Colon cancer is the most common cancer of the gastrointestinal tract. The cancer commonly involves the lower rectum and sigmoid portion of the colon, but can be found at any point of the colon.

Although not completely understood, environmental and hereditary factors are believed to lead to colon cancer. A high consumption of saturated fat (such as animal fat) and a low-fiber diet are leading theories of a dietary cause of colon cancer. The main risk factors for colorectal cancer are: age older than 50 years, inflammatory bowel disease (such as ulcerative colitis or Crohn's disease), genital or breast cancer, and a family history of colon cancer or a disease called familial polyposis.

Colon cancer is usually detectable by means of a colonoscopy (a scope which is passed through the rectum to visualize the entire colon). Biopsies are easily performed on any suspicious areas, and any polyps can be removed. Polyps are growths from the surface of the colon that can transform into malignant cancer.

Colon cancer can be cured if detected early, before it has had a chance to spread. The best way to detect colon cancer early is by means of screening.

Symptoms of Your Diagnosis

Signs and symptoms to be aware of are: change in bowel habits, such as constipation; change in the caliber of stools (such as pencil-thin stools); black tarry stools; rectal bleeding; and abdominal pain.

Sometimes, you may not have any symptoms but may be found to have iron deficiency anemia. This usually necessitates evaluation to exclude colon cancer. Colon cancer, if undetected or untreated, usually spreads through the wall of the intestine into the surrounding areas and also into the liver. Sometimes it can spread to the lungs and bone.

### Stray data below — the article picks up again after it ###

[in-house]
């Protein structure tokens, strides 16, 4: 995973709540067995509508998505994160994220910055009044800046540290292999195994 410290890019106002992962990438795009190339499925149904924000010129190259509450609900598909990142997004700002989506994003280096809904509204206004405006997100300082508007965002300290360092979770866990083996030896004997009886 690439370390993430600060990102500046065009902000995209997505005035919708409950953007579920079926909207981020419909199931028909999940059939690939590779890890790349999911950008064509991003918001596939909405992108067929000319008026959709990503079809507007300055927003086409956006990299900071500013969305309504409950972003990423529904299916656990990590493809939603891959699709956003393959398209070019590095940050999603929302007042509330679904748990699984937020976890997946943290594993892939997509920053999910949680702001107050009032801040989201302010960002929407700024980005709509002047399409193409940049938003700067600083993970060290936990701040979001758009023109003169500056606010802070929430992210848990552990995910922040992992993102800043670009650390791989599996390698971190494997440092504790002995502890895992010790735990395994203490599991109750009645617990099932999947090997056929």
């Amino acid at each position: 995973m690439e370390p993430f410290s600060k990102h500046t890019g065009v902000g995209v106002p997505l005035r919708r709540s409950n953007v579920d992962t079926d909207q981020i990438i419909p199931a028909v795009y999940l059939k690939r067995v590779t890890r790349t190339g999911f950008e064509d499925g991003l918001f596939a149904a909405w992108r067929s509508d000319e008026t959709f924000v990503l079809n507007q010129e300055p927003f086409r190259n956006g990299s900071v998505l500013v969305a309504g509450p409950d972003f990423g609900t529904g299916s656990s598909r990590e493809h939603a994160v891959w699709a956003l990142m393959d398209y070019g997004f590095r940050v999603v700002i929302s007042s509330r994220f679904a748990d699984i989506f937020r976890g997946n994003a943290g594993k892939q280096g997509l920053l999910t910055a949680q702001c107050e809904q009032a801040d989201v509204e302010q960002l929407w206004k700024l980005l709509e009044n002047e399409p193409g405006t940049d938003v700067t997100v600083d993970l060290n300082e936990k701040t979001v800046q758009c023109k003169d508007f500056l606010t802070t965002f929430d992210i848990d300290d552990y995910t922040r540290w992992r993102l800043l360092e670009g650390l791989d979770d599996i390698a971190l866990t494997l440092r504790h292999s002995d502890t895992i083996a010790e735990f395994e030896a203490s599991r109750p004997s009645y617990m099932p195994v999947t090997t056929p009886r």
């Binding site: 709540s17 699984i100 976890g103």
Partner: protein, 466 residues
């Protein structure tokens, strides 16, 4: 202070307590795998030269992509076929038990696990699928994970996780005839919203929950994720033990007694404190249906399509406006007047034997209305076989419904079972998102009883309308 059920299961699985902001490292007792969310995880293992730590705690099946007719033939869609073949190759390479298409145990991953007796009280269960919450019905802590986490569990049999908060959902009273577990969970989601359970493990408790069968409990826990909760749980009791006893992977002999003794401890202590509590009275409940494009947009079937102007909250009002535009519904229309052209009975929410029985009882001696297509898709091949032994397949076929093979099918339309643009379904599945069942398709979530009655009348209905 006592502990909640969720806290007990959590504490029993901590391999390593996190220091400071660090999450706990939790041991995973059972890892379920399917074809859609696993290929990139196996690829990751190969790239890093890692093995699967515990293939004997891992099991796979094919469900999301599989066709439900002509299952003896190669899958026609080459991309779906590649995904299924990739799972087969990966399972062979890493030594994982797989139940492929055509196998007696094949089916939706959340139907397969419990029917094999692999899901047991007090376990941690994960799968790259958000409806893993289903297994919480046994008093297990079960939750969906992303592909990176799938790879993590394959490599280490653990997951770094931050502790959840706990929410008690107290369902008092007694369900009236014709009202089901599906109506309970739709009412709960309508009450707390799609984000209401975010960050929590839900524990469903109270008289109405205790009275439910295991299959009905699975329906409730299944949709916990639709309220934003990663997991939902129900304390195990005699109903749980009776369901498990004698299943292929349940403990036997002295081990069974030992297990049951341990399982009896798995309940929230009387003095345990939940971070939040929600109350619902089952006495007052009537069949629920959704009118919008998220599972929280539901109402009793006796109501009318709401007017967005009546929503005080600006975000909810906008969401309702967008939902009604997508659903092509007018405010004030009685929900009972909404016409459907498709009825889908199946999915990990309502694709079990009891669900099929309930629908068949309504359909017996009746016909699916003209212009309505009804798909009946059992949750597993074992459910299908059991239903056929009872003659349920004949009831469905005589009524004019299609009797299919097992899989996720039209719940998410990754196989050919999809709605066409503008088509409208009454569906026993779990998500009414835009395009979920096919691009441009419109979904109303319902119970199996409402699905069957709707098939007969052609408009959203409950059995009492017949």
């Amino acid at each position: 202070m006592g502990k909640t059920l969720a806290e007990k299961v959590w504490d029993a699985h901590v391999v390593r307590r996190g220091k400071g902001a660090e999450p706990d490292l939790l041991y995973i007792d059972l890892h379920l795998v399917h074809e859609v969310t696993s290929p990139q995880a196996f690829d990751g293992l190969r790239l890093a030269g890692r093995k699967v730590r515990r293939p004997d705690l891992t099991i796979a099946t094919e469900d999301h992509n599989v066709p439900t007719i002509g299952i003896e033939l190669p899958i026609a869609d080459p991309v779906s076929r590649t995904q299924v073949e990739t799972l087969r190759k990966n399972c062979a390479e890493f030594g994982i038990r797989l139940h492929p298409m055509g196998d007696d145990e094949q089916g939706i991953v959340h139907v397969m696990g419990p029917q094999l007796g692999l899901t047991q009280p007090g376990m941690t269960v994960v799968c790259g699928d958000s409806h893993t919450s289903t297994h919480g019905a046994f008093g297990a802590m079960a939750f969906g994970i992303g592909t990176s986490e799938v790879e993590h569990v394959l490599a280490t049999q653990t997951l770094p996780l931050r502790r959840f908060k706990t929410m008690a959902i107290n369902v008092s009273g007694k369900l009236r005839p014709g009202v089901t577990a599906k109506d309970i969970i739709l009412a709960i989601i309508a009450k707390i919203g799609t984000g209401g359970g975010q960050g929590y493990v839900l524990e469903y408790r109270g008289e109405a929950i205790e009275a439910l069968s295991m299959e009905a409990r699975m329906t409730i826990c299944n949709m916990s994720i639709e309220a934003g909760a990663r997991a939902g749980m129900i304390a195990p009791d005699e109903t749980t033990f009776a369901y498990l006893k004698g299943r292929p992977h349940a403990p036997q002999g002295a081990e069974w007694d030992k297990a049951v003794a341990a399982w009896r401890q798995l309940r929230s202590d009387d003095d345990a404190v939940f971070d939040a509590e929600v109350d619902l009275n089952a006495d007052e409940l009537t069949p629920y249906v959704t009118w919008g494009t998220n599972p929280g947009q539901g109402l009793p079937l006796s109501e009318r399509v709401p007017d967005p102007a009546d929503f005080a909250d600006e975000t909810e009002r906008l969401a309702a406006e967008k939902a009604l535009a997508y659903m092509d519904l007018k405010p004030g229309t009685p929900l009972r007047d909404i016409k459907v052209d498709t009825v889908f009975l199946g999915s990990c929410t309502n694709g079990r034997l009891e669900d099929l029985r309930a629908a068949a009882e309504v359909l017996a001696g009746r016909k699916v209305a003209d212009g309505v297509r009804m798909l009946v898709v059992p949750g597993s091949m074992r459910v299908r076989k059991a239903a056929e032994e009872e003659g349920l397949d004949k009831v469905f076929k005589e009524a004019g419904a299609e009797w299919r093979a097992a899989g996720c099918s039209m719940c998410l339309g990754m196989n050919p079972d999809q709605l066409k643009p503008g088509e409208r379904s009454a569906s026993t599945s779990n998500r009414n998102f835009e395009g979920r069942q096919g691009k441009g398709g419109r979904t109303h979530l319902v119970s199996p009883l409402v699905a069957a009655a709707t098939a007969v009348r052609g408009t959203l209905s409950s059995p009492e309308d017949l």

Screening for Colon Cancer

The best treatment is prevention by means of screening. There are common screening options for colon cancer that have also shown to significantly reduce the risk of death. These screening options include testing stools for microscopic blood annually after 50 years of age. Several special cards are taken home, and a small amount of stool is placed on the cards, which are then returned to the doctor. If blood is detected in the samples, a colonoscopy is scheduled to evaluate the colon. A colonoscopy is a scope passed through the rectum, to visualize the entire colon.

Another screening option includes a Flexible Sigmoidoscopy, every three-to-five years, after the age of 50. A Flexible Sigmoidoscopy is similar to a colonoscopy, but looks at only the sigmoid section, rather than the entire colon.

The DOs

  • Understand the importance of colon screening for all persons older than 50 years and for all family members of patients with colon cancer.
  • Make sure your diet is high in fiber and low in animal fat.

The DON'Ts

  • Don't forget the importance of screening.

When to Call Your Doctor

  • If you have change in bowel habits, bloody or black stools, diarrhea, or constipation.
  • If you have new abdominal pain or back pain with lower leg weakness.
  • If you note skin color change such as jaundice.

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Derived from Patient Teaching Guide, Copyright 2006 Mosby, Inc. All Rights Reserved